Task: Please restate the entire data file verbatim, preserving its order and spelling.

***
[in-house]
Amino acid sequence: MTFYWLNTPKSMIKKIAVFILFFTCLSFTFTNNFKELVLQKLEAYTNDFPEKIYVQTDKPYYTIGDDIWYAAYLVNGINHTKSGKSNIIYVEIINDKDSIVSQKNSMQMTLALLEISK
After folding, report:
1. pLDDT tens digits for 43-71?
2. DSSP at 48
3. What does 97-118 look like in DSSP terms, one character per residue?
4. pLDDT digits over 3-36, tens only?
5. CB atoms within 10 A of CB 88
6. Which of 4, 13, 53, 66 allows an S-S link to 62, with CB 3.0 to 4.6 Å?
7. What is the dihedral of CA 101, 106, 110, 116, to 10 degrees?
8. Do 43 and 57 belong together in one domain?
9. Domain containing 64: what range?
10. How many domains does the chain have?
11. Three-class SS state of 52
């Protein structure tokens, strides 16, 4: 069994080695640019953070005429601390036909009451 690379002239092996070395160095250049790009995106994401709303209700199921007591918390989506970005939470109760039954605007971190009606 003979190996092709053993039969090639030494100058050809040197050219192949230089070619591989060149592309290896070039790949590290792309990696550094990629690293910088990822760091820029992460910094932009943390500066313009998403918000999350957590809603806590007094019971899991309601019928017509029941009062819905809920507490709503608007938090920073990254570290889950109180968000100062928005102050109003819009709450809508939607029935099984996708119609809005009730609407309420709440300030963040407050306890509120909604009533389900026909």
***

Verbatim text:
[in-house]
Amino acid sequence: MTFYWLNTPKSMIKKIAVFILFFTCLSFTFTNNFKELVLQKLEAYTNDFPEKIYVQTDKPYYTIGDDIWYAAYLVNGINHTKSGKSNIIYVEIINDKDSIVSQKNSMQMTLALLEISK
After folding, report:
1. pLDDT tens digits for 43-71?
2. DSSP at 48
3. What does 97-118 look like in DSSP terms, one character per residue?
4. pLDDT digits over 3-36, tens only?
5. CB atoms within 10 A of CB 88
6. Which of 4, 13, 53, 66 allows an S-S link to 62, with CB 3.0 to 4.6 Å?
7. What is the dihedral of CA 101, 106, 110, 116, to 10 degrees?
8. Do 43 and 57 belong together in one domain?
9. Domain containing 64: what range?
10. How many domains does the chain have?
11. Three-class SS state of 52
């Protein structure tokens, strides 16, 4: 069994080695640019953070005429601390036909009451 690379002239092996070395160095250049790009995106994401709303209700199921007591918390989506970005939470109760039954605007971190009606 003979190996092709053993039969090639030494100058050809040197050219192949230089070619591989060149592309290896070039790949590290792309990696550094990629690293910088990822760091820029992460910094932009943390500066313009998403918000999350957590809603806590007094019971899991309601019928017509029941009062819905809920507490709503608007938090920073990254570290889950109180968000100062928005102050109003819009709450809508939607029935099984996708119609809005009730609407309420709440300030963040407050306890509120909604009533389900026909």